The Dispatch

Dispatch – February 18: Rorschach Test

It is lonely at the top.

It gets even lonelier if you are a top ruling party official in Georgia with a taste for contemporary art. Your party’s conservative voters don’t understand or appreciate it, and your party has long alienated those who do. That’s the tricky situation Tbilisi Mayor Kakha Kaladze has recently found himself in. A state-funded creative project was supposed to bring contemporary art to a wider public in the Georgian capital and perhaps boost Kaladze’s popularity with the artsy crowd. But the art-loving mayor ended up in a bitter controversy – and possibly got the distraction he needed.

Here is Nini and the Dispatch, where we will talk about braids, Rorschach tests, and the unintended consequences of Georgian political artistry. 

Braids of Fury

“The Braids of Time” is a statue of a woman standing three meters high. It has recently appeared in Saarbruecken (formerly Vorontsov) Square, one of the busiest places in downtown Tbilisi. Curiously, this is also the first public square in Tbilisi to be ever graced with a statue – that of Count Illarion Ivanovich Vorontsov-Dashkov, the Russian Imperial Governor-General of the Caucasus.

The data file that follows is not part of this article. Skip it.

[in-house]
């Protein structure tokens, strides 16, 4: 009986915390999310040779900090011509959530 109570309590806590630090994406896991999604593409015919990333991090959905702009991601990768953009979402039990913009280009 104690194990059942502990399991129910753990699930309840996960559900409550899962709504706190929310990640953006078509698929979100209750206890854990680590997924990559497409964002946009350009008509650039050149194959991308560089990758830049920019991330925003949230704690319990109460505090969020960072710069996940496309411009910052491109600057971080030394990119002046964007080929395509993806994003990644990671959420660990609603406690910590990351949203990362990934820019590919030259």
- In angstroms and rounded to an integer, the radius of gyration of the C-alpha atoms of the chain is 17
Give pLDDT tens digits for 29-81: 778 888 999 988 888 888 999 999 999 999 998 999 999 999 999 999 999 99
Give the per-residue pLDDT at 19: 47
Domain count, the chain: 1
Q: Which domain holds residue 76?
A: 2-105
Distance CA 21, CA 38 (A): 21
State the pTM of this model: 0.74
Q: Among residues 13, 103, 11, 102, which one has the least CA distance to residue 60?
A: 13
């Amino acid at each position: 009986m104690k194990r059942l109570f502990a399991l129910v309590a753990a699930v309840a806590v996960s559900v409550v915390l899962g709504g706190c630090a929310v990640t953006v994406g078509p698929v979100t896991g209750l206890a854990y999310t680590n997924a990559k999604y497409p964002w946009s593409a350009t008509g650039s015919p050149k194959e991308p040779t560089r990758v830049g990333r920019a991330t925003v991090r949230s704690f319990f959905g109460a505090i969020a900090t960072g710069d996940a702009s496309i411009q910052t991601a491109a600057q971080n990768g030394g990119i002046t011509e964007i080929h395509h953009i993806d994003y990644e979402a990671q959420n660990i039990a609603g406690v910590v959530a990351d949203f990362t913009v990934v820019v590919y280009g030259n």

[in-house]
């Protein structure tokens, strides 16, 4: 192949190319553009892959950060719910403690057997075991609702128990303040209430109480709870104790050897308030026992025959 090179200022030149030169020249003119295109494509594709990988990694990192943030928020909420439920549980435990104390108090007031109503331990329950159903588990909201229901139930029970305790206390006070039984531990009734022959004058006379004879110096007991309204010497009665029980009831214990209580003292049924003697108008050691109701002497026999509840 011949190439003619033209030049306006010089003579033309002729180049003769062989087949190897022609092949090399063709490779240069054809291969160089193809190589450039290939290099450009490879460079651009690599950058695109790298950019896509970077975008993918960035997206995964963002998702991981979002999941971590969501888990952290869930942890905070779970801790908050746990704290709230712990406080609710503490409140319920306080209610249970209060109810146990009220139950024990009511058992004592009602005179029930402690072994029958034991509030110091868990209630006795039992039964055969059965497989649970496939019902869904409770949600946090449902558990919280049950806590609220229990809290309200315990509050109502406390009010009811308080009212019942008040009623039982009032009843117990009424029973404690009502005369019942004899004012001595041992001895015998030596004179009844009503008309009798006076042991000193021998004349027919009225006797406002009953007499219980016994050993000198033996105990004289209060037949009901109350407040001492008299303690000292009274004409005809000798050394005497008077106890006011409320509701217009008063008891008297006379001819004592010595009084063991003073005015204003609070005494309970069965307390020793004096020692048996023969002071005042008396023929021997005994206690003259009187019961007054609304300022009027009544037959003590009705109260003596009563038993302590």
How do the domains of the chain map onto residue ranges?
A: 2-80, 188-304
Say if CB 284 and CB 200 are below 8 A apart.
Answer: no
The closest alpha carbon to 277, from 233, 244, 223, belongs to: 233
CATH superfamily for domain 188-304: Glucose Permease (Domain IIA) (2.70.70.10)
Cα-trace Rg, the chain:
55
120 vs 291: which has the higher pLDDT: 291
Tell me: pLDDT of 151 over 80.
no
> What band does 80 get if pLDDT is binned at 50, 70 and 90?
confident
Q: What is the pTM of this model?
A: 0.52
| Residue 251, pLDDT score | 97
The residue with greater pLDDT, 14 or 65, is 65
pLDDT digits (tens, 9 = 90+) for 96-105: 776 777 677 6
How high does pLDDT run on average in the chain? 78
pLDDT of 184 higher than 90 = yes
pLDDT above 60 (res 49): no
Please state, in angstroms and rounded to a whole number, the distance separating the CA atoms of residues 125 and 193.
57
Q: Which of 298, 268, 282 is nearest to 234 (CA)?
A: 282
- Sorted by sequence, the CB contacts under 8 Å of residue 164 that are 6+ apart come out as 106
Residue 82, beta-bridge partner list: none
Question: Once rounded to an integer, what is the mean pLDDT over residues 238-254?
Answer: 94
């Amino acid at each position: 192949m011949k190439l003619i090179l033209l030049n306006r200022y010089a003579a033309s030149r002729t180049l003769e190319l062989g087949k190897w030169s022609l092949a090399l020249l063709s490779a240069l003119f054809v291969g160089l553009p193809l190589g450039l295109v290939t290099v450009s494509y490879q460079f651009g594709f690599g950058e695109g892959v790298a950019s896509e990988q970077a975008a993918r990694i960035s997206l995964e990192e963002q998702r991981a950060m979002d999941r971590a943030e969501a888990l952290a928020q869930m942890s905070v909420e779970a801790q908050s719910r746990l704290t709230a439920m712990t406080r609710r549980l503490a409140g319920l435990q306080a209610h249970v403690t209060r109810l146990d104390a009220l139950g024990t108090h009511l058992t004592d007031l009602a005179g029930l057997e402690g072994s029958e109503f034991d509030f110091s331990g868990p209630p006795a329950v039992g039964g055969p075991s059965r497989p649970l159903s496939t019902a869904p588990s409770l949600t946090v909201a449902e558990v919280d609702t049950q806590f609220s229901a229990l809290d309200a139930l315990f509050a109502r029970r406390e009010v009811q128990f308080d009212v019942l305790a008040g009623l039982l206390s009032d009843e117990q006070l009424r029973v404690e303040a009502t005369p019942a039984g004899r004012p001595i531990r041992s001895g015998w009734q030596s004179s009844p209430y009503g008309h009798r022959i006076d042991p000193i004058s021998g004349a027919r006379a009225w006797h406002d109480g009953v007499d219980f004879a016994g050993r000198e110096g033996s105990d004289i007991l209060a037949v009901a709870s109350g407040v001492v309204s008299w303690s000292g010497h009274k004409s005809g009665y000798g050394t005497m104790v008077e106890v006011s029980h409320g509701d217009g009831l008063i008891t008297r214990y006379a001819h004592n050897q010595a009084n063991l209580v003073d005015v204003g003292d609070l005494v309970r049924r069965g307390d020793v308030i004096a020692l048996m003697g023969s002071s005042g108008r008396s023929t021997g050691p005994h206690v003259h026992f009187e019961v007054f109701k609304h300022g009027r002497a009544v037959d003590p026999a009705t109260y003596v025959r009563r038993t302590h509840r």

But “The Braids of Time” is a different affair from the conquering Count’s erstwhile grandeur. The pale woman is fully covered in braids that gradually morph into roots as they reach the ground below. Despite its height, original form, and popular location, the statue doesn’t seem to demand immediate attention. Its colorless shape easily blends into the gloomy winter palette of its surroundings. The absence of a pedestal only adds to its modesty. At first glance, nothing about the statue suggests that it nearly became the reason for the nation to plunge into another (gracefully only verbal) civil war.

  • — Remove this reptile from the city!
  • — Quiet down, retrograde!
  • — There is nothing Georgian in it!
  • — I like it, it’s pretty!
  • — How do I present this place to tourists?!
  • — It’s very unique
  • — If that’s a statue, then I am an emperor of China!

These are some of the battle cries of Georgia’s latest social media fight.

Giorgi Khaniashvili, a young Georgian sculptor, created the publicly funded work. Carved in classical Greek aesthetics, the statue is meant (at least according to the official description) to reflect the Hellenistic influences on the formation of Georgian identity, inspired by the stories of two women: Medea of Colchis, a prominent protagonist (or antagonist?) from the Greek myth of the Argonauts, and Saint Nino, who preached Christianity in Georgia in the 4th century. Legend has it that Nino, who is said to have come from a Greek-speaking Roman family in Cappadocia, used her braids to tie the cross she carried on her mission to convert pagan Georgians.